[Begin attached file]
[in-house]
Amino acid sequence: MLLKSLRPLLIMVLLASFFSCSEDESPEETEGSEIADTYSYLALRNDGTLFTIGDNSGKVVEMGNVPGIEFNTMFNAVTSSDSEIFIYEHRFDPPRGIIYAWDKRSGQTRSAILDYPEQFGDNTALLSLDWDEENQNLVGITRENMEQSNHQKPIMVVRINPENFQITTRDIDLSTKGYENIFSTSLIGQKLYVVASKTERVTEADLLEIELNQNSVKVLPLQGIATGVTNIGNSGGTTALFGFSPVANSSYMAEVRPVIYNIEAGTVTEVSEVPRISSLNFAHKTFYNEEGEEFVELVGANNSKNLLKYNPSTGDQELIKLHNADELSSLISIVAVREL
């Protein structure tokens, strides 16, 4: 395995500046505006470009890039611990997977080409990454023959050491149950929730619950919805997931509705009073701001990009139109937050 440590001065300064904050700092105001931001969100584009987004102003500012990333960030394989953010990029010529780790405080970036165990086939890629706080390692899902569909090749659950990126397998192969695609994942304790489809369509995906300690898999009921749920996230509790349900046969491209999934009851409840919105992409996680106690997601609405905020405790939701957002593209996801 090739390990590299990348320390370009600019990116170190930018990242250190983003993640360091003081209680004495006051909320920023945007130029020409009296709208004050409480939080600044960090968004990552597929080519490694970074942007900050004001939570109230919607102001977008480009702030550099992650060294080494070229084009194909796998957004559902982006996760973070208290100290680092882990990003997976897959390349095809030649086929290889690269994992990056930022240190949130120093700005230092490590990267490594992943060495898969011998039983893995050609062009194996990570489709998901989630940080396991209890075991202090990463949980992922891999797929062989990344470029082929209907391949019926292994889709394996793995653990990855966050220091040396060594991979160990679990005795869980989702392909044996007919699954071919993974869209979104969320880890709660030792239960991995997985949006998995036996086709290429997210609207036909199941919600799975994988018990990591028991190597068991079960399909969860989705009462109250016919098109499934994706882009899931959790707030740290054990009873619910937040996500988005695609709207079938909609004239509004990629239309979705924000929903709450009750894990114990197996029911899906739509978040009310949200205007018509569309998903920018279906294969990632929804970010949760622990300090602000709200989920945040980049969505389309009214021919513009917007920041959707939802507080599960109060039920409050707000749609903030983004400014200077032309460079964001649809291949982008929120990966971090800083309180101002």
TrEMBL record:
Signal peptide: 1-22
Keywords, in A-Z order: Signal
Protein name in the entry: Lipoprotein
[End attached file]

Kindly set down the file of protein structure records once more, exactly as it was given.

[in-house]
Amino acid sequence: MLLKSLRPLLIMVLLASFFSCSEDESPEETEGSEIADTYSYLALRNDGTLFTIGDNSGKVVEMGNVPGIEFNTMFNAVTSSDSEIFIYEHRFDPPRGIIYAWDKRSGQTRSAILDYPEQFGDNTALLSLDWDEENQNLVGITRENMEQSNHQKPIMVVRINPENFQITTRDIDLSTKGYENIFSTSLIGQKLYVVASKTERVTEADLLEIELNQNSVKVLPLQGIATGVTNIGNSGGTTALFGFSPVANSSYMAEVRPVIYNIEAGTVTEVSEVPRISSLNFAHKTFYNEEGEEFVELVGANNSKNLLKYNPSTGDQELIKLHNADELSSLISIVAVREL
């Protein structure tokens, strides 16, 4: 395995500046505006470009890039611990997977080409990454023959050491149950929730619950919805997931509705009073701001990009139109937050 440590001065300064904050700092105001931001969100584009987004102003500012990333960030394989953010990029010529780790405080970036165990086939890629706080390692899902569909090749659950990126397998192969695609994942304790489809369509995906300690898999009921749920996230509790349900046969491209999934009851409840919105992409996680106690997601609405905020405790939701957002593209996801 090739390990590299990348320390370009600019990116170190930018990242250190983003993640360091003081209680004495006051909320920023945007130029020409009296709208004050409480939080600044960090968004990552597929080519490694970074942007900050004001939570109230919607102001977008480009702030550099992650060294080494070229084009194909796998957004559902982006996760973070208290100290680092882990990003997976897959390349095809030649086929290889690269994992990056930022240190949130120093700005230092490590990267490594992943060495898969011998039983893995050609062009194996990570489709998901989630940080396991209890075991202090990463949980992922891999797929062989990344470029082929209907391949019926292994889709394996793995653990990855966050220091040396060594991979160990679990005795869980989702392909044996007919699954071919993974869209979104969320880890709660030792239960991995997985949006998995036996086709290429997210609207036909199941919600799975994988018990990591028991190597068991079960399909969860989705009462109250016919098109499934994706882009899931959790707030740290054990009873619910937040996500988005695609709207079938909609004239509004990629239309979705924000929903709450009750894990114990197996029911899906739509978040009310949200205007018509569309998903920018279906294969990632929804970010949760622990300090602000709200989920945040980049969505389309009214021919513009917007920041959707939802507080599960109060039920409050707000749609903030983004400014200077032309460079964001649809291949982008929120990966971090800083309180101002």
TrEMBL record:
Signal peptide: 1-22
Keywords, in A-Z order: Signal
Protein name in the entry: Lipoprotein